Parent and teen campaigners demand action after study reveals nearly 50,000 London school children exposed to dangerous pollution from Red Route roads

New poster launched with giant artificial lungs that will go grey as pollution levels rise

March 9, 2021
Catherine Ittner, +44 (0) 751037 6417,
  • As pupils return to school this week, new warning about the risk of higher levels of pollution at primary schools located near major roads.
  • Data from a new study by Environmental Defense Fund Europe shows that 47,500 primary school children are at schools close to London’s major roads with dangerous levels of air pollution - which can stunt children’s lung growth.
  • New poster launched with giant artificial lungs that will go grey as pollution levels rise. Campaign organised by parent group Mums for Lungs & Choked Up, a youth campaigning group.
  • Call for Mayoral candidates to commit ahead of elections on 6 May to safeguard the expansion of the ULEZ and to transform the Red Routes. 
  • In some areas of the capital, as many as 1 in 5 primary schools are by major roads, where children breathe NOx pollution levels that are on average 25% higher than primary schools not by major roads.

With primary school children returning to classrooms this week, campaigners are warning that thousands of children are exposed to dangerous levels of air pollution because their schools are located close to a major road. 

New research released today by Environmental Defense Fund Europe (EDF Europe) shows that in London alone, 47,500 children attend state primary schools which are located within 100m of the city’s Red Routes1 - a network of major roads controlled by the Mayor of London. 

Major roads are responsible for huge health impacts in London, with people near these roads breathing levels of nitrogen dioxide (NO2) that are 57% higher and fine particulate matter (PM2.5) that are 35% higher than an average road in London.2

The research has led to calls from a coalition of environmental campaigners ahead of the mayoral elections in London for all candidates to commit to safeguard the expansion of the Ultra Low Emission Zone and to transform the Red Routes. 

The campaign is headed by Mums for Lungs, a group of parent campaigners that was started by campaigners living near polluted roads in South London, and ‘Choked Up’ a youth group of Black and brown teenagers that campaigns on air pollution. 

David Nicholson, a parent who lives in Putney and is part of the Mums for Lungs group, said:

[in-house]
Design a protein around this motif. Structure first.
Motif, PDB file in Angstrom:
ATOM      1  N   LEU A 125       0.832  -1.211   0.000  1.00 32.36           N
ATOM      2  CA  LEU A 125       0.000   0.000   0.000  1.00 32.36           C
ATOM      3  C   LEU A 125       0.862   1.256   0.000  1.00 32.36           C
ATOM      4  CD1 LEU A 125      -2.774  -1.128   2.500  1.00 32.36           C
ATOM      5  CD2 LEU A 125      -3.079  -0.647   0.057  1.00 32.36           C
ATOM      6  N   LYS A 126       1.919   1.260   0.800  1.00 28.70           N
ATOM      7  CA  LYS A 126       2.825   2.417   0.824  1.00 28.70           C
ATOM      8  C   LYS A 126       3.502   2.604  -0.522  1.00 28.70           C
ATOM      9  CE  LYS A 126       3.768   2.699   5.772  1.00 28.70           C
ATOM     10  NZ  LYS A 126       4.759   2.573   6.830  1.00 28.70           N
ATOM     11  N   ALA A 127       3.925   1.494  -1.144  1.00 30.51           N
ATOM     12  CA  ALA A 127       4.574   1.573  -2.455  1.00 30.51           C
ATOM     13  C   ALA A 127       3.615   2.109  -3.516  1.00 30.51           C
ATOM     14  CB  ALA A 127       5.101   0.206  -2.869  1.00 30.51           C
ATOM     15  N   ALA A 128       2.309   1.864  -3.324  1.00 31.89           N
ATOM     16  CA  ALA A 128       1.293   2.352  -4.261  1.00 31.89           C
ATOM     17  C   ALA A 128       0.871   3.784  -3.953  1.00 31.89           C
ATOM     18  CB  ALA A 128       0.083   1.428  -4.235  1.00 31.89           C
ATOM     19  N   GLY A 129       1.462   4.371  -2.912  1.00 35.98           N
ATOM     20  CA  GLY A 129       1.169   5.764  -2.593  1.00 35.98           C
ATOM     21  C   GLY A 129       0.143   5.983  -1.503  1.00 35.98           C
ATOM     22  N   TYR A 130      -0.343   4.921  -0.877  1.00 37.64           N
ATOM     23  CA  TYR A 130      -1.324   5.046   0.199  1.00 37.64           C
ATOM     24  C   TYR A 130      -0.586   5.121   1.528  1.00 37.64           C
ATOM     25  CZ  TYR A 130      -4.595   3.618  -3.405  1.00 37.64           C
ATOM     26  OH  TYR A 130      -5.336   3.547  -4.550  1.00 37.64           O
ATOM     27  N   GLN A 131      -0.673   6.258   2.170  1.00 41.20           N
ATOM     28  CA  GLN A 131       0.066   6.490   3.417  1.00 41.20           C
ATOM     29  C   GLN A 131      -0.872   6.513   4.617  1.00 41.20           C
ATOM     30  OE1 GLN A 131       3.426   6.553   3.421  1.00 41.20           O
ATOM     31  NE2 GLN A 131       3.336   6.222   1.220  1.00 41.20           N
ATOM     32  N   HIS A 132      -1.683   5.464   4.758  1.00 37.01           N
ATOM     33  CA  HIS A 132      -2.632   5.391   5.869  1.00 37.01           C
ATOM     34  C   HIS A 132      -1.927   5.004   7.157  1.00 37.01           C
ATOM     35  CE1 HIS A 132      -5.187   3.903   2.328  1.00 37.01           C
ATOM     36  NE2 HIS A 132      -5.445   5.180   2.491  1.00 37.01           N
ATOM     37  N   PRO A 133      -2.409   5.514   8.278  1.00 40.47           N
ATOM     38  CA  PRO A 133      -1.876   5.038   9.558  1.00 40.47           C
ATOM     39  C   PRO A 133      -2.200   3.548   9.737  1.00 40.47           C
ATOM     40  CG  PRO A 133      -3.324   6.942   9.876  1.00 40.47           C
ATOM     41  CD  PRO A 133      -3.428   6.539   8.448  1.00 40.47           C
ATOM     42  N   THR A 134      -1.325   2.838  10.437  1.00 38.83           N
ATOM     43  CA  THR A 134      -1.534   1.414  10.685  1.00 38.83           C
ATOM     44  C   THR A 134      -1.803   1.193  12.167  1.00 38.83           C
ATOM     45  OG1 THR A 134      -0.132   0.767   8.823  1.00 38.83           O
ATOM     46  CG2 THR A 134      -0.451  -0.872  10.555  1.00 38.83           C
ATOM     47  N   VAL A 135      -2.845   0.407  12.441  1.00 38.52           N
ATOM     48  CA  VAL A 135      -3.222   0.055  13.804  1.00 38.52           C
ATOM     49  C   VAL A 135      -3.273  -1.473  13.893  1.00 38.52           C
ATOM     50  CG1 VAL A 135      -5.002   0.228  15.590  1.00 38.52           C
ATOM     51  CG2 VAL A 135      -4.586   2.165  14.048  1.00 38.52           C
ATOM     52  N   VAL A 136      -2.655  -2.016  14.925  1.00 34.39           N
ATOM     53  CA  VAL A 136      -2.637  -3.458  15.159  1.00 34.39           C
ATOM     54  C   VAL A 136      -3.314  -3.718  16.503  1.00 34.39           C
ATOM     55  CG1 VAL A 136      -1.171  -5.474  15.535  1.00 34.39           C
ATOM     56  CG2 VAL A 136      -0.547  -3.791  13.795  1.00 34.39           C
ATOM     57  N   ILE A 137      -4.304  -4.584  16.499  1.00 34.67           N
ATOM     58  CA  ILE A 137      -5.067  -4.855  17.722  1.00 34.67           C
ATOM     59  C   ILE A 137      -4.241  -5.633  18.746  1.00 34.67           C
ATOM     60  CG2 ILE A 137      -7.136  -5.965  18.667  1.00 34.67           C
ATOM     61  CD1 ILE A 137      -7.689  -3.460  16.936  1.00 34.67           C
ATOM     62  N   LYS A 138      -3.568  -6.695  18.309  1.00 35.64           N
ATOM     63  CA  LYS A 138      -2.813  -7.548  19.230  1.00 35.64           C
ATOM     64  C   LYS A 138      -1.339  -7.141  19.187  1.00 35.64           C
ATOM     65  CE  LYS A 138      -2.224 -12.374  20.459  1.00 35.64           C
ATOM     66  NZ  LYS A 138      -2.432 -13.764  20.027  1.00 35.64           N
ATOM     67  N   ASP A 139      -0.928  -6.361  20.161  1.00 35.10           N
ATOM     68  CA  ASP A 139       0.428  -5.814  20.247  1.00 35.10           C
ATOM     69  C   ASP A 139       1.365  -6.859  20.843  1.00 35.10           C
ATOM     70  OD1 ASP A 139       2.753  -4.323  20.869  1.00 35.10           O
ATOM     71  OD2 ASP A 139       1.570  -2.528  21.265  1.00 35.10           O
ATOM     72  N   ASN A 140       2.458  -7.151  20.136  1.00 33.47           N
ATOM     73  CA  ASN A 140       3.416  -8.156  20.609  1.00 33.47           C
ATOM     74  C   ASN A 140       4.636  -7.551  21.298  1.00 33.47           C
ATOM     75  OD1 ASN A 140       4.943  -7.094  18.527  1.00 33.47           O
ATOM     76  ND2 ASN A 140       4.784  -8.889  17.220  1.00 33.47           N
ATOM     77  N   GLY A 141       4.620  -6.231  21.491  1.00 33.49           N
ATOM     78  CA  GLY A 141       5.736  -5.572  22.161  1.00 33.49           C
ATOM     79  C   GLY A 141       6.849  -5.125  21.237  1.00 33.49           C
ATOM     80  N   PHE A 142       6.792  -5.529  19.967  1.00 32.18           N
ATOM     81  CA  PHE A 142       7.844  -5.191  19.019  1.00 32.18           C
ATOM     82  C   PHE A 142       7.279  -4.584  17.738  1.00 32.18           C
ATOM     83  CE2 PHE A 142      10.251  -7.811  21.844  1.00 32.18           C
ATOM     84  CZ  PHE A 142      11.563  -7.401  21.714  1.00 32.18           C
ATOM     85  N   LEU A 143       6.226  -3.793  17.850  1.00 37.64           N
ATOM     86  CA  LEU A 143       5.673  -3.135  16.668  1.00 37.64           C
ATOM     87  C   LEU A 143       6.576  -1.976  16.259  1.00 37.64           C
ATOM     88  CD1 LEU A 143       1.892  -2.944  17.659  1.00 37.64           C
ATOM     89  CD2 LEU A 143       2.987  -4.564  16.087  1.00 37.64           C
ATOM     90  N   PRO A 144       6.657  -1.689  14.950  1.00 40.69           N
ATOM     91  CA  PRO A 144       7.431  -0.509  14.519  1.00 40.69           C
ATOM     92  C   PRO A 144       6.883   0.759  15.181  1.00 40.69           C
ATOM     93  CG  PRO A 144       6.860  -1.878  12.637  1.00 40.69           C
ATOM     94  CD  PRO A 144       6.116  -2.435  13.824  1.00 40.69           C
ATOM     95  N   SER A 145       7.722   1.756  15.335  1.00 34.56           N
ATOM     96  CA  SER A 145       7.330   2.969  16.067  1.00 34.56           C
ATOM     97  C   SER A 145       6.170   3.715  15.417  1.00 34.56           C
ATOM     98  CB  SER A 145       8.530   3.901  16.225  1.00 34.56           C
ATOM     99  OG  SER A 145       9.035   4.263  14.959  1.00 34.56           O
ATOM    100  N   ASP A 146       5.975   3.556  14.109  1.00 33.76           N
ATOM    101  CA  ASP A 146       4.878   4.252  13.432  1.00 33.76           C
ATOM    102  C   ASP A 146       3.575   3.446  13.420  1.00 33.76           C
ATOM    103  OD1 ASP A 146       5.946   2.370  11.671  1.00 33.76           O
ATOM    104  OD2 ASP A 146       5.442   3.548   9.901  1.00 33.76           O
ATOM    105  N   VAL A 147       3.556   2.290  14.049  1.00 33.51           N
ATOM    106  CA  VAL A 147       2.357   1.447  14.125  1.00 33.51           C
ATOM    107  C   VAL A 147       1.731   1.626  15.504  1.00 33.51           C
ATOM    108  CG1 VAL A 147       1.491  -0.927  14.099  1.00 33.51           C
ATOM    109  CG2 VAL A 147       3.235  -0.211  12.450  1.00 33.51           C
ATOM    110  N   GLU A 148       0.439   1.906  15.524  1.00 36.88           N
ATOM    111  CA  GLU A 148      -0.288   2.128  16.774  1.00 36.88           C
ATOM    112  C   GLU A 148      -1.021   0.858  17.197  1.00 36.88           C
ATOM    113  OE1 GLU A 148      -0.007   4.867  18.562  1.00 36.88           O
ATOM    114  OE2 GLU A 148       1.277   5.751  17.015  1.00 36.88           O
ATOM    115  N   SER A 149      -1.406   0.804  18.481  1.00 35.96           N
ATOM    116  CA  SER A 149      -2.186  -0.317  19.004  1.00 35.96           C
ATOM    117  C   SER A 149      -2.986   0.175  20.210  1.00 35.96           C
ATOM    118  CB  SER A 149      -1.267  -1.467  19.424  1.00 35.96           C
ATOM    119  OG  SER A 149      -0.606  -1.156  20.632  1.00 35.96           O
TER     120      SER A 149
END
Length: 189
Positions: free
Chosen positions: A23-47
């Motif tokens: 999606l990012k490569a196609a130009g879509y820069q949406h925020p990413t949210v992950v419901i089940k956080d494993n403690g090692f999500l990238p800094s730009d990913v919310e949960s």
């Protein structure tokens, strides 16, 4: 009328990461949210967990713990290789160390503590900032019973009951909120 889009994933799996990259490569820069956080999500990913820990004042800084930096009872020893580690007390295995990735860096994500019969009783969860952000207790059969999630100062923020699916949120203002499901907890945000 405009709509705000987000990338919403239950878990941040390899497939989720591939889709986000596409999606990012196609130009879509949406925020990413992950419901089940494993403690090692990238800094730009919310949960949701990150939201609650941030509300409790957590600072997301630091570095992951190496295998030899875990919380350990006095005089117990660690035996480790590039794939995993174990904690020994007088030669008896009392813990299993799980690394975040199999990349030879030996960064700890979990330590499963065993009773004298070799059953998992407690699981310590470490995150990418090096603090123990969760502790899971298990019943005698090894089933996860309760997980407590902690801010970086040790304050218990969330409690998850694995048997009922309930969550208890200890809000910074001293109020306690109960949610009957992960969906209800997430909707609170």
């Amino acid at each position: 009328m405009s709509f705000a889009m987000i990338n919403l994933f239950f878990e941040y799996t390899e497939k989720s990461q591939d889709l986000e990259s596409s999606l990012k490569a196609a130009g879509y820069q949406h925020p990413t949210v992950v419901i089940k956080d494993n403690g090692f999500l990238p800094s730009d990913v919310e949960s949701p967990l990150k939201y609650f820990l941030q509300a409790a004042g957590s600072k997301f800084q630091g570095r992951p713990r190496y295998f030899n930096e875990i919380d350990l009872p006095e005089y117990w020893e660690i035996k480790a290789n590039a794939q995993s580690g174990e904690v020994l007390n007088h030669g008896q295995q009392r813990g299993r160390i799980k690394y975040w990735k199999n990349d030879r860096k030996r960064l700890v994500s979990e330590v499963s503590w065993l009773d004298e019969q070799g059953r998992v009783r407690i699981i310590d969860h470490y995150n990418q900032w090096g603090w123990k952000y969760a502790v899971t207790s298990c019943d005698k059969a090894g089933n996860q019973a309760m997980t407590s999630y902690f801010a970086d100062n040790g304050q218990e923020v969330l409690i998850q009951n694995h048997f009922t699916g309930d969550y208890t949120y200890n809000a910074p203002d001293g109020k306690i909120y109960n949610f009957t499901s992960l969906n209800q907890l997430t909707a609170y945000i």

“As a dad, being next to the exhaust of a diesel vehicle feels like a stranger you’ve never met before forcing your family to smoke a packet of cigarettes. That’s why I think the next Mayor of London must commit to make our air healthier to breathe. 

“Driving a diesel in cities means everyone outside your car or van has to inhale your toxic exhaust as you drive. I think it’s time to stop burning fossils, dump the pistons and stinky exhausts and embrace the future by switching to clean electric cars or bikes. Everyone needs clean air to breathe, including me and my family.”

Nyeleti Brauer-Maxaeia, a 17 year-old co-founder of Choked Up: “We took action so that lawmakers, decision makers and politicians finally take this climate and air quality crisis seriously, for everyone’s sake. The next Mayor of London needs to expand the ULEZ and rethink TFL’s Red Routes so make sure everyone in the city can breathe clean air.”

The initiative is supported by scientists at EDF Europe, an international charity, and Medact, a coalition of health professionals campaigning on health inequalities particularly linked to the environment. 

Oliver Lord, Head of Policy and Campaigns at EDF Europe, said: “Kids in London have been breathing illegal levels of air pollution for far too long, and not just in the city centre. Exposure to air pollution at a young age can irreversibly stunt children’s lungs and create health problems for the rest of their lives.

Just last week, the UK Government were found – again – to have failed their legal duties to meet safer and healthier limits for the toxic gas nitrogen dioxide.3 Expanding the Ultra Low Emission Zone is fundamental to cleaning up vehicles on busy roads like the Red Routes and helping to solve our air pollution crisis in the shortest possible time. The ULEZ dramatically reduced air pollution in central London,4 where people mostly work, and our analysis found benefits on roads along the boundary and beyond. We must build on this progress by expanding the ULEZ to include more people’s homes, local high streets and schools.”

The groups have launched a major poster installation in the shape of a pair of giant, artificial lungs which will change colour from white to grey as air pollution increases, reflecting the impact on respiratory health. The lungs will be launched on Upper Richmond Road, a Red Route, near to Putney High Street, which continues to breach legal limits for NO2 air pollution. It borders the planned expansion of the Ultra Low Emission Zone on 25 October 2021.

Just last week (3 March) London experienced a particulate matter episode. These higher pollution episodes can trigger hospitalisations for serious medical conditions. Also last week (4 March), the Court of Justice of the EU (CJEU) ruled that the UK has persistently broken legal limits on air pollution for a decade, with levels of NO2 illegally high in 75% of towns and cities.5